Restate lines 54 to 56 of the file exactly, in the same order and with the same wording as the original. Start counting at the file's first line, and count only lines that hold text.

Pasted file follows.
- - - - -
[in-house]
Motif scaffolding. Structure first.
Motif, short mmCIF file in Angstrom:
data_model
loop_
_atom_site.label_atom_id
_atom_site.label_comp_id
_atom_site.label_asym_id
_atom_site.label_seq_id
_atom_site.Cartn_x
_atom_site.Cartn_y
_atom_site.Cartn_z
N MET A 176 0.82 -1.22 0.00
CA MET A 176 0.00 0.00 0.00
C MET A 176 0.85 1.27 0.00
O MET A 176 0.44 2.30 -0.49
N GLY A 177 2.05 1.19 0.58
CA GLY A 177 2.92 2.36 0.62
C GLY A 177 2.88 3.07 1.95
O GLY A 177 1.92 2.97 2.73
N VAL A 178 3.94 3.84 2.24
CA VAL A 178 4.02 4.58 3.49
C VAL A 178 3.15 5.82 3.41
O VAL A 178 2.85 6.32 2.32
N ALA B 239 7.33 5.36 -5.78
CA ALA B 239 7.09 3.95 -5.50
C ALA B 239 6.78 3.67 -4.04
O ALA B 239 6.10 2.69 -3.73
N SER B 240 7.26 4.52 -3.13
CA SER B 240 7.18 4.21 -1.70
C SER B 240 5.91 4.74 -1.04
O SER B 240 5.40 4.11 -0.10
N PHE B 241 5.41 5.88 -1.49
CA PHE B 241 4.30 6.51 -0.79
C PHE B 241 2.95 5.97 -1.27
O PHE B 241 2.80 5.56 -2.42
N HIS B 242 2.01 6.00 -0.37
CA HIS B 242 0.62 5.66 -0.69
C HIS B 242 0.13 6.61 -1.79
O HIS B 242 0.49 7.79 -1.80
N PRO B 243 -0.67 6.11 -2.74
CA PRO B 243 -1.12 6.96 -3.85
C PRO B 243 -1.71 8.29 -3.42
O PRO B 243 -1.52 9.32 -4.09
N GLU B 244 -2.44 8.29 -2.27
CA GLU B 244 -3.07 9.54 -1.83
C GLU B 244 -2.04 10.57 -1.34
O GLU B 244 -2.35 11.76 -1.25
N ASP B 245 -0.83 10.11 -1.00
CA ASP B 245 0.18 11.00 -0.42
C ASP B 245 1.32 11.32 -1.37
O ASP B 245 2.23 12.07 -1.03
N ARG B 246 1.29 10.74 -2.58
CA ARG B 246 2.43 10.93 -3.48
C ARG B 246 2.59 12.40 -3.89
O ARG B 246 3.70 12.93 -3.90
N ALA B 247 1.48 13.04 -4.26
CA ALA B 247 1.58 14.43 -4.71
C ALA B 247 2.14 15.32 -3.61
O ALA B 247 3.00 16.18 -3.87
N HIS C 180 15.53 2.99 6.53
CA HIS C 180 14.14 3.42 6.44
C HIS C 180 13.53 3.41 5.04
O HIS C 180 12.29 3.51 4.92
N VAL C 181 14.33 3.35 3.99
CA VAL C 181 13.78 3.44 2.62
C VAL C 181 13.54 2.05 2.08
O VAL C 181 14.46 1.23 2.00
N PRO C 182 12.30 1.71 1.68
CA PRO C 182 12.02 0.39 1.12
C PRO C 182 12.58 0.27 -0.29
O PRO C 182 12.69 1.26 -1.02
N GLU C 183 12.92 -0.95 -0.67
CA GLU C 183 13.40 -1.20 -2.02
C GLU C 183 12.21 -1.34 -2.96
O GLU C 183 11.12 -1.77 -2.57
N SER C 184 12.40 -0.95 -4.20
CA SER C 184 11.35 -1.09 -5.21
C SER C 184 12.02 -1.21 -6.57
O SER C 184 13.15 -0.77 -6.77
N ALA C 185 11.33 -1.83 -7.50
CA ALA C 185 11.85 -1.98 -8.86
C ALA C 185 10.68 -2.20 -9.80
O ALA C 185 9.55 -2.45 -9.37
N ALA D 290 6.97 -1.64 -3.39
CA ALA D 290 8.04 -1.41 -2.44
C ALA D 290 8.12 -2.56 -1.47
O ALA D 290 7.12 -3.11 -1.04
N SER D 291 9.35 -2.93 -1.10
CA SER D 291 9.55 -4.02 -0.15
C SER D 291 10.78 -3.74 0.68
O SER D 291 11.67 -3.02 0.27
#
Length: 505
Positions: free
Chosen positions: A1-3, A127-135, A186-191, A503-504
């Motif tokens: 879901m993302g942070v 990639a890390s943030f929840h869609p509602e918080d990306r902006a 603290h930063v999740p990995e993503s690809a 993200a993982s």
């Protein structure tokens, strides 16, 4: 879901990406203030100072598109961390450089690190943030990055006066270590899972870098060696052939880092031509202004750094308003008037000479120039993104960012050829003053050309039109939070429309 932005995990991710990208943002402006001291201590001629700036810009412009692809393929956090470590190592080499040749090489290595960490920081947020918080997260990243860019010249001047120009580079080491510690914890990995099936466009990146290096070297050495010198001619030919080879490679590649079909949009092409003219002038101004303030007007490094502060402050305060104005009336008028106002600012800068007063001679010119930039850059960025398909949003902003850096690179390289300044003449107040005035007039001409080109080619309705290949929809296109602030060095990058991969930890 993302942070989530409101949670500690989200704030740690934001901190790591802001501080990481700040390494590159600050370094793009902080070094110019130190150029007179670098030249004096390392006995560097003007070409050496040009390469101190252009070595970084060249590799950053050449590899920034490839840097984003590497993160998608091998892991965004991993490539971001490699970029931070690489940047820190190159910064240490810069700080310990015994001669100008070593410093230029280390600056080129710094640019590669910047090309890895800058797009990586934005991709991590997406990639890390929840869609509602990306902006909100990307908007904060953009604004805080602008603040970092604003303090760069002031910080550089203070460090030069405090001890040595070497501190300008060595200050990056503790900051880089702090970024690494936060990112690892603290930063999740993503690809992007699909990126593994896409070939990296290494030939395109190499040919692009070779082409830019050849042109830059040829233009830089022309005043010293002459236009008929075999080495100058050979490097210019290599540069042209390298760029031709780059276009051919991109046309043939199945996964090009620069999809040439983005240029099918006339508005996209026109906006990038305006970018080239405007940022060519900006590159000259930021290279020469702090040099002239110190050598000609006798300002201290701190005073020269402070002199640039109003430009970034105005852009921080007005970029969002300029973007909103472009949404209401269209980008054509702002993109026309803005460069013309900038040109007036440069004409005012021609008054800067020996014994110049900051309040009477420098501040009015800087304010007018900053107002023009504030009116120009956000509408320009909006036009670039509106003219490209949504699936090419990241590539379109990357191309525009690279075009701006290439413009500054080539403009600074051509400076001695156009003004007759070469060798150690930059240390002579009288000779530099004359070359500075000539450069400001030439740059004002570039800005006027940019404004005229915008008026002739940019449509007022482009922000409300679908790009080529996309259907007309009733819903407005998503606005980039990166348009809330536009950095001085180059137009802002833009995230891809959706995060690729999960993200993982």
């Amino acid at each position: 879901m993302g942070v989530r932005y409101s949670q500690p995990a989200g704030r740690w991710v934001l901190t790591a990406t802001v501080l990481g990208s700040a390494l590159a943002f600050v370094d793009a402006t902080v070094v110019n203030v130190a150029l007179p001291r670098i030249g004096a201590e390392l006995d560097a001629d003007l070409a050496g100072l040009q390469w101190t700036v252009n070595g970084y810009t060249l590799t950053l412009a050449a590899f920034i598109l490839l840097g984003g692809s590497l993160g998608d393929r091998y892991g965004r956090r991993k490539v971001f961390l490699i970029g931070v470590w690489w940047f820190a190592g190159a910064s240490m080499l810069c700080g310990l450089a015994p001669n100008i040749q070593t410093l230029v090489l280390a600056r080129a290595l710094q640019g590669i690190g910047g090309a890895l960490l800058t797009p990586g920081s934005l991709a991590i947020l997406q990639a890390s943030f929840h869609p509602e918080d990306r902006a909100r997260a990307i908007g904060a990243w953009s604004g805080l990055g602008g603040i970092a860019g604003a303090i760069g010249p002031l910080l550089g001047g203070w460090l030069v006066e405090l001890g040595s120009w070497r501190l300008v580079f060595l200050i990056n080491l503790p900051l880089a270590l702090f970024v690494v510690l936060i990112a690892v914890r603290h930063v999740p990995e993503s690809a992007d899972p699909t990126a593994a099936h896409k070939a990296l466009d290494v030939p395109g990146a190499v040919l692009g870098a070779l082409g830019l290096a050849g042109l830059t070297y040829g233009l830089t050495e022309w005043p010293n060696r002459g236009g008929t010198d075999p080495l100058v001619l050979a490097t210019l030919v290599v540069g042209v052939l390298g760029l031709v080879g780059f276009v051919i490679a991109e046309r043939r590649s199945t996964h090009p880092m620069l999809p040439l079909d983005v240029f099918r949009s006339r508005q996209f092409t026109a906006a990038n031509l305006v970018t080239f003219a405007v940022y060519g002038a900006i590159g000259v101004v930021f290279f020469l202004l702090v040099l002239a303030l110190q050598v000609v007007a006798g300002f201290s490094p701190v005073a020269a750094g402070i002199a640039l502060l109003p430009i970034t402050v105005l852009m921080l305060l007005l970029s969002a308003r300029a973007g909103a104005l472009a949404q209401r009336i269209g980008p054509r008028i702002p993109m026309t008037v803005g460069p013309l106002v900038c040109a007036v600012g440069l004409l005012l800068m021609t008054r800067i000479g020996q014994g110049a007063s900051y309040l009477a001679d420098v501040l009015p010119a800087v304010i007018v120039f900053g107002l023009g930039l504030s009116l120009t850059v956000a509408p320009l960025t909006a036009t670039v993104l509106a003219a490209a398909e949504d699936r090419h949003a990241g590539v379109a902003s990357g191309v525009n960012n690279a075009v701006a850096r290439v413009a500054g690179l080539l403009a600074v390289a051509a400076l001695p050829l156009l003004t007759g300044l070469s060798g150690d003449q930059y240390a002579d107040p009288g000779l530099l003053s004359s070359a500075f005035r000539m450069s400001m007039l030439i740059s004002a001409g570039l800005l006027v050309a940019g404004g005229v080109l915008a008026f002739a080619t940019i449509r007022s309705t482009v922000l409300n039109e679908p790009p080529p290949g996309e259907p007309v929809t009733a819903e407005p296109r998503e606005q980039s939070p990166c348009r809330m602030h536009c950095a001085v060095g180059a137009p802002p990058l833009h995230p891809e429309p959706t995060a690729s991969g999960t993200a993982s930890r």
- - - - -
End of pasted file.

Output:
CA ARG B 246 2.43 10.93 -3.48
C ARG B 246 2.59 12.40 -3.89
O ARG B 246 3.70 12.93 -3.90